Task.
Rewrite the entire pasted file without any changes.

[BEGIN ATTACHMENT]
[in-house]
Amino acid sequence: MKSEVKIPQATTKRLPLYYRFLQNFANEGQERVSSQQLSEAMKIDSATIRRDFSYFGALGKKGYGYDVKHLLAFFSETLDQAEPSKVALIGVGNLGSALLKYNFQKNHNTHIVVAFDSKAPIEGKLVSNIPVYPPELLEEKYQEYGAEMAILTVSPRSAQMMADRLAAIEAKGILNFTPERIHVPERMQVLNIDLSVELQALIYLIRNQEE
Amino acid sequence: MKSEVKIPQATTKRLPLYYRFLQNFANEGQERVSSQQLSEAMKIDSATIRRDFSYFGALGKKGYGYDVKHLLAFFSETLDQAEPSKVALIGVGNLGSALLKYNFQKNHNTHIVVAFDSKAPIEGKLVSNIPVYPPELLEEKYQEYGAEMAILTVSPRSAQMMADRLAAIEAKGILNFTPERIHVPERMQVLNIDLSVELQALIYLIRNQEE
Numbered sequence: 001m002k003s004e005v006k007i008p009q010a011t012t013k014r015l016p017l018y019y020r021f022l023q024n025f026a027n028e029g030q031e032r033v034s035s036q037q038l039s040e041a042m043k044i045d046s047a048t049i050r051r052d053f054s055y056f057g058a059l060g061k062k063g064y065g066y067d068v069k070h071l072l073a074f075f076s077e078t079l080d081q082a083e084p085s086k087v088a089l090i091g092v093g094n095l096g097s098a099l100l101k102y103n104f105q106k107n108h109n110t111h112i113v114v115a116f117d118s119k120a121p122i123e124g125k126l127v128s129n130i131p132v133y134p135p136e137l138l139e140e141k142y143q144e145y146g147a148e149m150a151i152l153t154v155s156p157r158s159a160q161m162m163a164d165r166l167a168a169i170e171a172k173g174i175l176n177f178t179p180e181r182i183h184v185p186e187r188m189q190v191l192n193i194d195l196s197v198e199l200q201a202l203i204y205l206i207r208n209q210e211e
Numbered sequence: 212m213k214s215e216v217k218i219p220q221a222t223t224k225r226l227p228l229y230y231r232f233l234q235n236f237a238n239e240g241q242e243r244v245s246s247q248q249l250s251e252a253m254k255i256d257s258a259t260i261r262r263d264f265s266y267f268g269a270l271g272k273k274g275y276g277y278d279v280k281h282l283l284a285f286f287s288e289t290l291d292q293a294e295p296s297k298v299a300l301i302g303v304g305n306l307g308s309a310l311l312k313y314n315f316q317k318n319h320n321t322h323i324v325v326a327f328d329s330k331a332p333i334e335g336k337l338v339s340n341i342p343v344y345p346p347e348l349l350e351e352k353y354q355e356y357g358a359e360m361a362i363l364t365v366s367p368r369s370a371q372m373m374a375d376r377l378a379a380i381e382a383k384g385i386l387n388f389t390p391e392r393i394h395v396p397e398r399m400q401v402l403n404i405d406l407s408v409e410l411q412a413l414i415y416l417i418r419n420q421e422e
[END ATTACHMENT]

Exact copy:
[in-house]
Amino acid sequence: MKSEVKIPQATTKRLPLYYRFLQNFANEGQERVSSQQLSEAMKIDSATIRRDFSYFGALGKKGYGYDVKHLLAFFSETLDQAEPSKVALIGVGNLGSALLKYNFQKNHNTHIVVAFDSKAPIEGKLVSNIPVYPPELLEEKYQEYGAEMAILTVSPRSAQMMADRLAAIEAKGILNFTPERIHVPERMQVLNIDLSVELQALIYLIRNQEE
Amino acid sequence: MKSEVKIPQATTKRLPLYYRFLQNFANEGQERVSSQQLSEAMKIDSATIRRDFSYFGALGKKGYGYDVKHLLAFFSETLDQAEPSKVALIGVGNLGSALLKYNFQKNHNTHIVVAFDSKAPIEGKLVSNIPVYPPELLEEKYQEYGAEMAILTVSPRSAQMMADRLAAIEAKGILNFTPERIHVPERMQVLNIDLSVELQALIYLIRNQEE
Numbered sequence: 001m002k003s004e005v006k007i008p009q010a011t012t013k014r015l016p017l018y019y020r021f022l023q024n025f026a027n028e029g030q031e032r033v034s035s036q037q038l039s040e041a042m043k044i045d046s047a048t049i050r051r052d053f054s055y056f057g058a059l060g061k062k063g064y065g066y067d068v069k070h071l072l073a074f075f076s077e078t079l080d081q082a083e084p085s086k087v088a089l090i091g092v093g094n095l096g097s098a099l100l101k102y103n104f105q106k107n108h109n110t111h112i113v114v115a116f117d118s119k120a121p122i123e124g125k126l127v128s129n130i131p132v133y134p135p136e137l138l139e140e141k142y143q144e145y146g147a148e149m150a151i152l153t154v155s156p157r158s159a160q161m162m163a164d165r166l167a168a169i170e171a172k173g174i175l176n177f178t179p180e181r182i183h184v185p186e187r188m189q190v191l192n193i194d195l196s197v198e199l200q201a202l203i204y205l206i207r208n209q210e211e
Numbered sequence: 212m213k214s215e216v217k218i219p220q221a222t223t224k225r226l227p228l229y230y231r232f233l234q235n236f237a238n239e240g241q242e243r244v245s246s247q248q249l250s251e252a253m254k255i256d257s258a259t260i261r262r263d264f265s266y267f268g269a270l271g272k273k274g275y276g277y278d279v280k281h282l283l284a285f286f287s288e289t290l291d292q293a294e295p296s297k298v299a300l301i302g303v304g305n306l307g308s309a310l311l312k313y314n315f316q317k318n319h320n321t322h323i324v325v326a327f328d329s330k331a332p333i334e335g336k337l338v339s340n341i342p343v344y345p346p347e348l349l350e351e352k353y354q355e356y357g358a359e360m361a362i363l364t365v366s367p368r369s370a371q372m373m374a375d376r377l378a379a380i381e382a383k384g385i386l387n388f389t390p391e392r393i394h395v396p397e398r399m400q401v402l403n404i405d406l407s408v409e410l411q412a413l414i415y416l417i418r419n420q421e422e